The fabrication of nanodevices depends on the ability to synthesize, deposit and position nanoscale building blocks on suitable substrates. Much of the recent effort in this field has focused on using carbon nanotubes, nanowires and spherical nanoparticles. These materials are promising and their mechanical and physical properties can be tuned by alterations in the synthesis methods.
Scanning Probe Microscopy (SPM) techniques has been shown to provide powerful tools for nanomanipulation. We have shown the ability to controllably manipulate gold particles1, link particles2 and use gold particles as templates for subsequent deposition processes3.
The shape and size of metal nanorods make them excellent models to study the electrical and optical properties of nanowires, as well as friction forces and nanometer-scale mechanics. Several groups have demonstrated the ability to synthesize colloidal nanorods with well-defined sizes and shapes using different materials. Most of these studies have used TEM and spectroscopic techniques to analyze the size and shape distributions of the synthesized rods. To the best of our knowledge, AFM has not been used yet as a complementary characterization technique in part because of difficulties in sample preparation and imaging. In spite of the wide range of research that has dealt with synthesis issues, very little research has been devoted to the self-assembly of rod-shaped nanocrystals or the robotic manipulation and assembly of nanorods (other than carbon nanotubes). One of the few examples available is from El-Sayed's lab where the dimensions of self-assembled, gold-rod structures were shown to be controlled by experimental conditions4.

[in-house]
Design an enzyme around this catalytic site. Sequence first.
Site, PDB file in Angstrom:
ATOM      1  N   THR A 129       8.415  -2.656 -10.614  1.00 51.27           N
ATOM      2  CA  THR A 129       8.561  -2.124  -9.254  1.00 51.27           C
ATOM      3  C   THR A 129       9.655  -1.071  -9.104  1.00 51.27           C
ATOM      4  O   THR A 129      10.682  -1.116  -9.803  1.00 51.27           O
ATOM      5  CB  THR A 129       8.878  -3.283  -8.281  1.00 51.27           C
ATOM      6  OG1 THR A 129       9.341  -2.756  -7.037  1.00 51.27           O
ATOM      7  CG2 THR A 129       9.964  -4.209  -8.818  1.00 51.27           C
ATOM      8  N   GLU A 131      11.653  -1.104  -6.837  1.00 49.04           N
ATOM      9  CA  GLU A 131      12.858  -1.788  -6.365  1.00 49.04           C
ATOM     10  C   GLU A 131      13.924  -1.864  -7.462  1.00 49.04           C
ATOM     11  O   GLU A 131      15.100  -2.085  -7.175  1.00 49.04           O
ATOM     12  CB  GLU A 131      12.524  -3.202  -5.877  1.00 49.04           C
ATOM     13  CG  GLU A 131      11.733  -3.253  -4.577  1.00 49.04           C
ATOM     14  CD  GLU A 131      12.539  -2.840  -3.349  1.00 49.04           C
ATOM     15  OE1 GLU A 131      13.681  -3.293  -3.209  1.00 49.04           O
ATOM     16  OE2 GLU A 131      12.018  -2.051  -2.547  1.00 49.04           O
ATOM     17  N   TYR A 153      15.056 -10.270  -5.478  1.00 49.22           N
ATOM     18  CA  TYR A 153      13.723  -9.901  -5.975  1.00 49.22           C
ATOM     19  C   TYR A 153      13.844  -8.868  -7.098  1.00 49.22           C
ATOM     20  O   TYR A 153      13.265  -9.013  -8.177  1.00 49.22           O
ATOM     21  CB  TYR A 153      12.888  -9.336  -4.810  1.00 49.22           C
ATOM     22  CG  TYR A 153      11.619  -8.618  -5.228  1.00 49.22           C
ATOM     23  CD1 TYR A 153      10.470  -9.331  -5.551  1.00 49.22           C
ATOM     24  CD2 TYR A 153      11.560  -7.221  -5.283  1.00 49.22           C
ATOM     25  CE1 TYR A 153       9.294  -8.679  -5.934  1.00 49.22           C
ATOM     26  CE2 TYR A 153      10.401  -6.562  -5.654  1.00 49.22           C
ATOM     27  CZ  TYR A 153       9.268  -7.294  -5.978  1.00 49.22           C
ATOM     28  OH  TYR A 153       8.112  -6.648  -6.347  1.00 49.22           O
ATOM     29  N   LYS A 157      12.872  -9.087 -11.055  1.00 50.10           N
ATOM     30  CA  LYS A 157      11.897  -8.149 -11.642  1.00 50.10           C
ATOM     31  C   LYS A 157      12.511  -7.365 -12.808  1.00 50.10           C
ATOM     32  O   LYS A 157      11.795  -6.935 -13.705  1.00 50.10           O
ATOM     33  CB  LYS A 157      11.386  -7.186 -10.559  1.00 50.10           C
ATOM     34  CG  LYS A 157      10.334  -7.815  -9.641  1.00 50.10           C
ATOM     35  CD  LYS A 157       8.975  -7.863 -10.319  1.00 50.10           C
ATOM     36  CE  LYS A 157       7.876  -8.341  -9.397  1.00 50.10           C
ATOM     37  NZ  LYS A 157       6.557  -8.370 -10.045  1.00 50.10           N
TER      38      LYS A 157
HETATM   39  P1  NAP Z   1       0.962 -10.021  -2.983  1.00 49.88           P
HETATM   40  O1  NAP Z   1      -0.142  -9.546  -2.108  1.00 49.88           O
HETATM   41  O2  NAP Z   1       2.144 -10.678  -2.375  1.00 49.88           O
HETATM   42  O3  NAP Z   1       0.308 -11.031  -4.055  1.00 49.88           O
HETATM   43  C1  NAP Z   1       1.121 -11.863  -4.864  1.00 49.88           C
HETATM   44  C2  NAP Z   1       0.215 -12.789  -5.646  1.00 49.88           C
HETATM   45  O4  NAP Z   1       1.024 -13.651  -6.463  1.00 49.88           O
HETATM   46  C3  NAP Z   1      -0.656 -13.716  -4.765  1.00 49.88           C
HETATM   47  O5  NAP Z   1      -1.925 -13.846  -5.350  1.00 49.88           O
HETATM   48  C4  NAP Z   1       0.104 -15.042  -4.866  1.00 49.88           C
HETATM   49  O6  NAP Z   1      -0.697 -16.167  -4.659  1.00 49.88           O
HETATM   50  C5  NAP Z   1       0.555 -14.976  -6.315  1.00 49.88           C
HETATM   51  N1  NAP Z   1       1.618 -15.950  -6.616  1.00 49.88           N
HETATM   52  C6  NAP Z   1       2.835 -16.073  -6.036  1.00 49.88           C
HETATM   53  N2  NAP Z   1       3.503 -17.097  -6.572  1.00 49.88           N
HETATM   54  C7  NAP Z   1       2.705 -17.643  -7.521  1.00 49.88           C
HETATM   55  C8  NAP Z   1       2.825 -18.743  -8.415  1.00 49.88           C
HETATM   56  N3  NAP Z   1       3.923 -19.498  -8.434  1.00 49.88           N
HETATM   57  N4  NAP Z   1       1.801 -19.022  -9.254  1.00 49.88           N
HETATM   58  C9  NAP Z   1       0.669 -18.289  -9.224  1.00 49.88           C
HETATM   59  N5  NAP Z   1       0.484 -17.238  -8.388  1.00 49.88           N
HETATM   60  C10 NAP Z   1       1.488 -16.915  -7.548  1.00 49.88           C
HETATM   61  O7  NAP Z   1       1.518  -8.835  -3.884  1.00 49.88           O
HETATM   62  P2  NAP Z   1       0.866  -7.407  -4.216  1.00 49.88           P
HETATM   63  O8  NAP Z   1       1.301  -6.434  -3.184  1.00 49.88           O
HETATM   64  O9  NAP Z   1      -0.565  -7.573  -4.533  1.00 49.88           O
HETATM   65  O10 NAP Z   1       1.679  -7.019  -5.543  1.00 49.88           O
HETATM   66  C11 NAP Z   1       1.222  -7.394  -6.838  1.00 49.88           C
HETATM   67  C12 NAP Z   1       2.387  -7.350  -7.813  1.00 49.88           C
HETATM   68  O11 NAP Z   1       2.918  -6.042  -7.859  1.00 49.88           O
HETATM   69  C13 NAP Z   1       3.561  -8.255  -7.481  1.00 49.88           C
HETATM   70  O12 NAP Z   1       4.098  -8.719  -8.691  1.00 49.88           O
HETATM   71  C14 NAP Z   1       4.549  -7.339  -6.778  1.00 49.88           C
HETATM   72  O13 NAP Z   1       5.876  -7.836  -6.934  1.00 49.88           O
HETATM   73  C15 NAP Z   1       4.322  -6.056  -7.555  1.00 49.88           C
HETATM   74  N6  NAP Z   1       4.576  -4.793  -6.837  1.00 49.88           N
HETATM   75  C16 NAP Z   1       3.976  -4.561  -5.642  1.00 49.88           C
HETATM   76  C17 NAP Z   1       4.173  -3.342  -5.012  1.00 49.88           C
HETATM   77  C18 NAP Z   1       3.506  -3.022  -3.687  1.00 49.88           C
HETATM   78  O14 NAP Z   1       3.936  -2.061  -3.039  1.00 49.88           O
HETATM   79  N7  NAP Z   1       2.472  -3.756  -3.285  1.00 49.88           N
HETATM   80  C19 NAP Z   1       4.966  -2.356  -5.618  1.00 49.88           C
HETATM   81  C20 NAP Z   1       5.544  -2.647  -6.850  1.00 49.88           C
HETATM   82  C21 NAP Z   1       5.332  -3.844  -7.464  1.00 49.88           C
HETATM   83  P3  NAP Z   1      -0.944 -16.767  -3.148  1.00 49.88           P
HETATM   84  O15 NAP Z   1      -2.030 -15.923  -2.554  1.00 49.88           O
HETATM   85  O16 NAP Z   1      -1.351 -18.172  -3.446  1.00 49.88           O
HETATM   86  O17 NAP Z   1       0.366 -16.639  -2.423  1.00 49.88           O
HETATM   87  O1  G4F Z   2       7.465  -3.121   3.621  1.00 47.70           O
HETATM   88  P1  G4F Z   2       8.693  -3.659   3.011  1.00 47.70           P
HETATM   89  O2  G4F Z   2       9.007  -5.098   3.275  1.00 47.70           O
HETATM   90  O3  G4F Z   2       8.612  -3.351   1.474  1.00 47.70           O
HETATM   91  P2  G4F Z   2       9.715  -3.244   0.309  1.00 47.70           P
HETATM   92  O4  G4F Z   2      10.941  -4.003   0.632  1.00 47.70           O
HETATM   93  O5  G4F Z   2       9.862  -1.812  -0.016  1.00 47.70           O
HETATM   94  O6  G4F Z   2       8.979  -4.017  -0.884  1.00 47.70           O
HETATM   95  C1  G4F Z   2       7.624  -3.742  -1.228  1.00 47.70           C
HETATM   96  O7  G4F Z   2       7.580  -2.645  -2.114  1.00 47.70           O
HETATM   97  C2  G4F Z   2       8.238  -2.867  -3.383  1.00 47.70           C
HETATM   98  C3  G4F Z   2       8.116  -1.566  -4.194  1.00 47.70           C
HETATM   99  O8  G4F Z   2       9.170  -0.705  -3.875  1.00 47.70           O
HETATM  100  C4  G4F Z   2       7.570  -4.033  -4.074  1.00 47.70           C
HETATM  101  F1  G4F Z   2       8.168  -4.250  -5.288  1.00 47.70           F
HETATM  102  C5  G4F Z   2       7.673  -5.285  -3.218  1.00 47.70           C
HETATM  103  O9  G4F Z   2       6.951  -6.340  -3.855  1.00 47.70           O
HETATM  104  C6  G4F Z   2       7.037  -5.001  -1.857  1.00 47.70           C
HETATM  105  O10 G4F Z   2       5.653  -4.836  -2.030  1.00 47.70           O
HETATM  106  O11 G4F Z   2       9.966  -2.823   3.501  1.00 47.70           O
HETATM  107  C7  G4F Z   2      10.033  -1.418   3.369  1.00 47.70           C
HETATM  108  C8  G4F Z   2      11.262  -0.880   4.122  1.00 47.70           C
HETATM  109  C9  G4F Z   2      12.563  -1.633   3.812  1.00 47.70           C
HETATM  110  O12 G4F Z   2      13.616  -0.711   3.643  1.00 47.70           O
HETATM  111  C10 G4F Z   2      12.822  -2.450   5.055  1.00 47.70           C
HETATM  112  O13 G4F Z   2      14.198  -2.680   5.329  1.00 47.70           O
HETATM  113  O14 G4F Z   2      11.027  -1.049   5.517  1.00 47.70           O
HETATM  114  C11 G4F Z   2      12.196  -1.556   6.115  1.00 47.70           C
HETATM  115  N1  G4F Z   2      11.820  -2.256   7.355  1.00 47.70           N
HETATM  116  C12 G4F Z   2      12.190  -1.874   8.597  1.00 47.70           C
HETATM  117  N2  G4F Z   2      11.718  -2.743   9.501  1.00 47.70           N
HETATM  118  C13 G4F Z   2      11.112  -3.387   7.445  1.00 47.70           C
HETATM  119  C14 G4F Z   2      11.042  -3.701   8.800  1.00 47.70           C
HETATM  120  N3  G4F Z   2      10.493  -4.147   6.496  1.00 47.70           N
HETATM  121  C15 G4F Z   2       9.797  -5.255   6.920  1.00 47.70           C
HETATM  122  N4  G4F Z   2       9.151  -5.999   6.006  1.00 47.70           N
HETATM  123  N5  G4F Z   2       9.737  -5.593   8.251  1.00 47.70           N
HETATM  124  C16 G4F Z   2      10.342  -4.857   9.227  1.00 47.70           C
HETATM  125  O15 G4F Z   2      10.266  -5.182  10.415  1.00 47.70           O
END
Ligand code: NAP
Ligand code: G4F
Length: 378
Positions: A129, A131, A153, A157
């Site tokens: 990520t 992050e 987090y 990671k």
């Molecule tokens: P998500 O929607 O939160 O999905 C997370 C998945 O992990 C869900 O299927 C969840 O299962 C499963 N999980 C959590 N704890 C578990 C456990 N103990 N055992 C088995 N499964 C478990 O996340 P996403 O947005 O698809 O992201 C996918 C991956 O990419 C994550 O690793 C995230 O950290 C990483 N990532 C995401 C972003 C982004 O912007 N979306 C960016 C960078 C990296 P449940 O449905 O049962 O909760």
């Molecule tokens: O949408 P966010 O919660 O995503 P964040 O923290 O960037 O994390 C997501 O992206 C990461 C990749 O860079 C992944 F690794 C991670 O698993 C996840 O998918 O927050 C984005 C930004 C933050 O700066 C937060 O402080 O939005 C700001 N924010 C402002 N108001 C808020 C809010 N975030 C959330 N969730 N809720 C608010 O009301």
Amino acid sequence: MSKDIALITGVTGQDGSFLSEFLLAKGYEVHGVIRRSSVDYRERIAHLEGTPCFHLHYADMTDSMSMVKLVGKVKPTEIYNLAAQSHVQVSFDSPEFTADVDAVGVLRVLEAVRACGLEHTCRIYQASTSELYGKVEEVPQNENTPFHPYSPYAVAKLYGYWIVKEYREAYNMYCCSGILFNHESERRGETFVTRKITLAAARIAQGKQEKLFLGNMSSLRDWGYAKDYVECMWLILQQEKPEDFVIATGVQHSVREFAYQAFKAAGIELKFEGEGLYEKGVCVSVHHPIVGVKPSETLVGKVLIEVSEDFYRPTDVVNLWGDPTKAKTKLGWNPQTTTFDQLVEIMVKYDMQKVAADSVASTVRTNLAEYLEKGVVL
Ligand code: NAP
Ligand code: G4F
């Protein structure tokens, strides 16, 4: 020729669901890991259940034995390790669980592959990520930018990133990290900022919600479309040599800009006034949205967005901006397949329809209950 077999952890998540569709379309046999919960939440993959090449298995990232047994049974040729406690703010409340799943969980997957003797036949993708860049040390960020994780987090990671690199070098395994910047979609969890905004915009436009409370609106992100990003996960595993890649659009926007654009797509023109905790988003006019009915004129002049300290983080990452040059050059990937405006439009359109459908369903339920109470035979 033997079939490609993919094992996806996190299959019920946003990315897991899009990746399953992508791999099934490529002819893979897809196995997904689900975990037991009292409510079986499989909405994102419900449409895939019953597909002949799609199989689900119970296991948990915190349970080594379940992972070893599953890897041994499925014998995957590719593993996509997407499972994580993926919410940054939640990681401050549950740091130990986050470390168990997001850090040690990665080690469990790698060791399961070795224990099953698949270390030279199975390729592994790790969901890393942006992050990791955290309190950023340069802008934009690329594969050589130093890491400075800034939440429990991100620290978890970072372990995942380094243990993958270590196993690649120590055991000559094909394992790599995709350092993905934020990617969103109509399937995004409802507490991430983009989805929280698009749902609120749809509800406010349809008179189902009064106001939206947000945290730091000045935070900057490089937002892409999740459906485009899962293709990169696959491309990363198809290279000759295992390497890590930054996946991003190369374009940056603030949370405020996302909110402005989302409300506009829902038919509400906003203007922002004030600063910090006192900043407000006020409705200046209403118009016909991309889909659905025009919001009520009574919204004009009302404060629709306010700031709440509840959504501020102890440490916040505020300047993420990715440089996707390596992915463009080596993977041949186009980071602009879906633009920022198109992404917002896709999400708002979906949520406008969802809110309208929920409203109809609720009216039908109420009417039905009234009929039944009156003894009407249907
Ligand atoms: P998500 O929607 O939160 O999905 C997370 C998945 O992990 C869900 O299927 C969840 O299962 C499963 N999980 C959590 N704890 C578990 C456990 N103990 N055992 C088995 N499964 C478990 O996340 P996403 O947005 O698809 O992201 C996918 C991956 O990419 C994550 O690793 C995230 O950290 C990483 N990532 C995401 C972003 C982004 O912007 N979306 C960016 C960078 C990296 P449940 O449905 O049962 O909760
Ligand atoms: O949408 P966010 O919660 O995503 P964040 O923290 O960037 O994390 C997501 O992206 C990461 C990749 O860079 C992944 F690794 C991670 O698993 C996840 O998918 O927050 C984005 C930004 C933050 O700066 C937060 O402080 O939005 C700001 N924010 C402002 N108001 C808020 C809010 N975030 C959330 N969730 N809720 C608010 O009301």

We report here on studies of deposition and manipulation of electrochemically prepared5, micelle-capped Au nanorods deposited on silicon dioxide (SiO2) surfaces. Both sample preparation and manipulation of nanorods differ from their counterparts for (spherical) Au particles. A thiol-terminated silane (3-Mercaptopropylmethyldimethoxysilane, MPMDMS) was used as an active interface for gold nanorod assembly. Scanning force microscope (SFM) and XPS analysis were used to confirm the presence of gold on the substrate. We have used our Probe Control Software to image and manipulate individual Au-nanorods. It was found that mechanical movement of the rods depends on the location of the pushing point along the rod and whether the pushing manipulation is taking place along or across the rod.
By tracking the tip amplitude and deflection signals during the manipulation operation we were able to estimate the mechanical threshold needed for manipulation. These signals can also be used to compare interactions between different particles and adhesive layers.
SFM images (500 nm x 500 nm scan size) displaying the result of manipulation of four gold nanorods.
Aristides A.G. Requicha
Laboratory for Molecular Robotics, Computer Science Dept., University of Southern California
941 W. 37th Place, Los Angeles, California 90089-0781 USA
Phone: (213) 740-4502
Fax: (213) 740-7512
Email: firstname.lastname@example.org http://www-lmr.usc.edu/~lmr/